EXAMPLE Into a Banbury mixer there is added 78 parts by weight of a high heat resistance polystyrene resin molding powder having a melt viscosity of 3000-4000 centipoises (average 3200 centipoises), a deflection temperature of 214 F. at 264 p.s.i. and a softening point of 224 F. known commercially as Styron 685 which is manufactured by the Dow Chemical Company, Midland, Mich., 3 parts of a 1:1 copolymeric blend of butadiene-styrene resin having a melt viscosity of 3000 poises, 10 parts of an equal mixture of one part of triphenylmethylphosphonium bromide of the type disclosed and prepared in the manner described in US. Pat. 3,530,164 to Gillham et a1. and one part of hexabromobenzene. To this combination of ingredients there is added 7.5 parts of a phosphorescent zinc sulfide pigment known commercially as Helecon 2330 manufactured by the United States Radium Corporation, Morristown, N.J., and the entire mixture is thoroughly milled and mixed for 40 minutes. At the end of this time, the mixture is molded by conventional techniques of extrusion into a sheet 6" in width and 0.045 in thickness. The extruded sheet when cooled is subjected to ASTM test D 635-56T which tests the sample for heat and flame resistance.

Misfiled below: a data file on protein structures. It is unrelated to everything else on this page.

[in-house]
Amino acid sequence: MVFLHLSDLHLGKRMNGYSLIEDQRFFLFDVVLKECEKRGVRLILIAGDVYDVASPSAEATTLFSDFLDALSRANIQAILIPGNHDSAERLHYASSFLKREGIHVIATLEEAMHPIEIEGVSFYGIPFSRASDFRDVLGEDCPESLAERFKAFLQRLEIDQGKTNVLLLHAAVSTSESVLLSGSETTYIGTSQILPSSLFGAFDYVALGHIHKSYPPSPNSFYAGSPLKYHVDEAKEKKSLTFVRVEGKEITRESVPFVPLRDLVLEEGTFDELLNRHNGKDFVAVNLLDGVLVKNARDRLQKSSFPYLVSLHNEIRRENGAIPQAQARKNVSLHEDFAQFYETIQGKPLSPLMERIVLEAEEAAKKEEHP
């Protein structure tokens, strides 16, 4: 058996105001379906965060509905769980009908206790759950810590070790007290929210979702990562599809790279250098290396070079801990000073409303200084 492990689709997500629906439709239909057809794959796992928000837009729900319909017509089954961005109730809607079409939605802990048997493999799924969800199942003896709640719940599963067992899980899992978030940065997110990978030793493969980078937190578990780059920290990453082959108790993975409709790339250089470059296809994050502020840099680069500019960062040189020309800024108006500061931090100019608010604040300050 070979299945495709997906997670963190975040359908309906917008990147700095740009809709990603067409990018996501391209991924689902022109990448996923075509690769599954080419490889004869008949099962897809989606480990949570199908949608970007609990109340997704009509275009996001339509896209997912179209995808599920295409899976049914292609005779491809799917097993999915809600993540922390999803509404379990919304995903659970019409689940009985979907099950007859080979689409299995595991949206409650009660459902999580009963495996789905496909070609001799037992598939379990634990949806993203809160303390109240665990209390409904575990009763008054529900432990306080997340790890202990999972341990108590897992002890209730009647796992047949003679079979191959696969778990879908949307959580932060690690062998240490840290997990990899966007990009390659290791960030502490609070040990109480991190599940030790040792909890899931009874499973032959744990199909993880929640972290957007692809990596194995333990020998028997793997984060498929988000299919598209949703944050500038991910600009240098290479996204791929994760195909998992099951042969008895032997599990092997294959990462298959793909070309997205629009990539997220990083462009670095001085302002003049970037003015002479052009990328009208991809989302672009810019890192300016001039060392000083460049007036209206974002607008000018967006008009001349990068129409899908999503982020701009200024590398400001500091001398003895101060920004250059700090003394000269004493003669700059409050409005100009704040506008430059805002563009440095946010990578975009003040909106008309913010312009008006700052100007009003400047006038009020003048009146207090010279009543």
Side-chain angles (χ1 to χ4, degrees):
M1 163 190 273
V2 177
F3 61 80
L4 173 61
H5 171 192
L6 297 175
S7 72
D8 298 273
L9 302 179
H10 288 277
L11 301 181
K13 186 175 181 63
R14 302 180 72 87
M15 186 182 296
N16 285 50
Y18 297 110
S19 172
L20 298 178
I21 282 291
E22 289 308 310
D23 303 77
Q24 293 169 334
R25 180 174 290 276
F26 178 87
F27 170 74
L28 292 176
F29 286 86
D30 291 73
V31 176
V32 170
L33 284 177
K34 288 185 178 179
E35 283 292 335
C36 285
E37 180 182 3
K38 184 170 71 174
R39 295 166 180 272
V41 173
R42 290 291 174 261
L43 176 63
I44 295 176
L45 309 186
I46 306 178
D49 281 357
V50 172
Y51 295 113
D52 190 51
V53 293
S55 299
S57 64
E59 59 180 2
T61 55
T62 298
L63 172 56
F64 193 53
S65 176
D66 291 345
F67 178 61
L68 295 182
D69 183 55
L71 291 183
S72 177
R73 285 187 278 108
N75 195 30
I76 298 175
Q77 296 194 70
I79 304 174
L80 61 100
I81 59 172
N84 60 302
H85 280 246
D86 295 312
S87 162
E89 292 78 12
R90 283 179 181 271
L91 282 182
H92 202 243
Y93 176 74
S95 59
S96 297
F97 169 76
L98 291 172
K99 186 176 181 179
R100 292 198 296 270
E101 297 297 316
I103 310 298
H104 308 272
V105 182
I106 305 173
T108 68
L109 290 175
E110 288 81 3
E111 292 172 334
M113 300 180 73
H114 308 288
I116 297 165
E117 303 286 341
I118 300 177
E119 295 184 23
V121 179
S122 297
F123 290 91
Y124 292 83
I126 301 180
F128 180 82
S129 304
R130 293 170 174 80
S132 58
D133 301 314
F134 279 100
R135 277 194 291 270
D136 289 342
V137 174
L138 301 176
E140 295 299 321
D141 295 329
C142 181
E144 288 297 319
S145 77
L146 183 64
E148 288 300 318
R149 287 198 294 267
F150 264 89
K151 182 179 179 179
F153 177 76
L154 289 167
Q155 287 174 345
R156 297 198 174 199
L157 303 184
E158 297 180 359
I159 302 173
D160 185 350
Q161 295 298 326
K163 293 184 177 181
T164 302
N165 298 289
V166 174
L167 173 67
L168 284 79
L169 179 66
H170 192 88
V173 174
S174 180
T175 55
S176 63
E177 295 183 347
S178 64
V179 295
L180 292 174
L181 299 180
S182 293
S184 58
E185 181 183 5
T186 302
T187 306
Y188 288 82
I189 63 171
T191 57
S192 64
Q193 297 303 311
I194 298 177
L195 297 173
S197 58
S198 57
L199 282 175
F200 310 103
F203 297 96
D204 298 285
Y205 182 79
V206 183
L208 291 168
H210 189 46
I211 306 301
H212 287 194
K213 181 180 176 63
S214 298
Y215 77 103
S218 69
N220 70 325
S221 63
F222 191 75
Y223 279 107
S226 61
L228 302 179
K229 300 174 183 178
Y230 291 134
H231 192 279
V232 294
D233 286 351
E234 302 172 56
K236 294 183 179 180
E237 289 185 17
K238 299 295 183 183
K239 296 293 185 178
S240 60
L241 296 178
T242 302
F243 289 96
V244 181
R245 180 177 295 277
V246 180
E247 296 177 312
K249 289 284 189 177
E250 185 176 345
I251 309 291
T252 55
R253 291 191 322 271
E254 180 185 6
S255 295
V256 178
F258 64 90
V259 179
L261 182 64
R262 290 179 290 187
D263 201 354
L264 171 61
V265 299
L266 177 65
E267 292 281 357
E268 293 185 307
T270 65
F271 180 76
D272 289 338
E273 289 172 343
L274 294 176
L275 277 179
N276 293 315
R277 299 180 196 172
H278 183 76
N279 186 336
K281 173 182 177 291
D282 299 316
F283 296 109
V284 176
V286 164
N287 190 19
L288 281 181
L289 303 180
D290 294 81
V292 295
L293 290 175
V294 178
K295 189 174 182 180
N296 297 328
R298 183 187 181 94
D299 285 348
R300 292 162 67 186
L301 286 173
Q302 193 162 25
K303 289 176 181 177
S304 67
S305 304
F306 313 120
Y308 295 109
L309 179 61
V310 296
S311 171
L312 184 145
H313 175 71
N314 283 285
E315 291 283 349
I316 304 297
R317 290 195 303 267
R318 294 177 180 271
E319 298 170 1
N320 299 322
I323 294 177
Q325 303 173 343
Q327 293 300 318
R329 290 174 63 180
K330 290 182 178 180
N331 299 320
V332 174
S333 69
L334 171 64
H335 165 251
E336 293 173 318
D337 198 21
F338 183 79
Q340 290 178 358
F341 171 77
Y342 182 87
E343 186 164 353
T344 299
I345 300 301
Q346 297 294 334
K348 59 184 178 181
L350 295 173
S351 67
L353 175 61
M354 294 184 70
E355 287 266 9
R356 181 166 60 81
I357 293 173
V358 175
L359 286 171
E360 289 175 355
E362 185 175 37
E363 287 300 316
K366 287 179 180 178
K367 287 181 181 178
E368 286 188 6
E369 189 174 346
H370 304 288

After being cleared for heat stability, the extruded sheet of luminescent plastic is lithographed with various designs and then subjected to conventional vacuum forming techniques to shape and cut it into a reflector for a Christmas tree light or other bulb. When tested by exposure to nor mal 6.0 watt light source, the polystyrene modified reflector will glow for from 10 and 12 hours after the light source has been extinguished. Because of the high concentration of phosphorescent pigment, the intensity of the glow from both sides of the receptacle is substantial.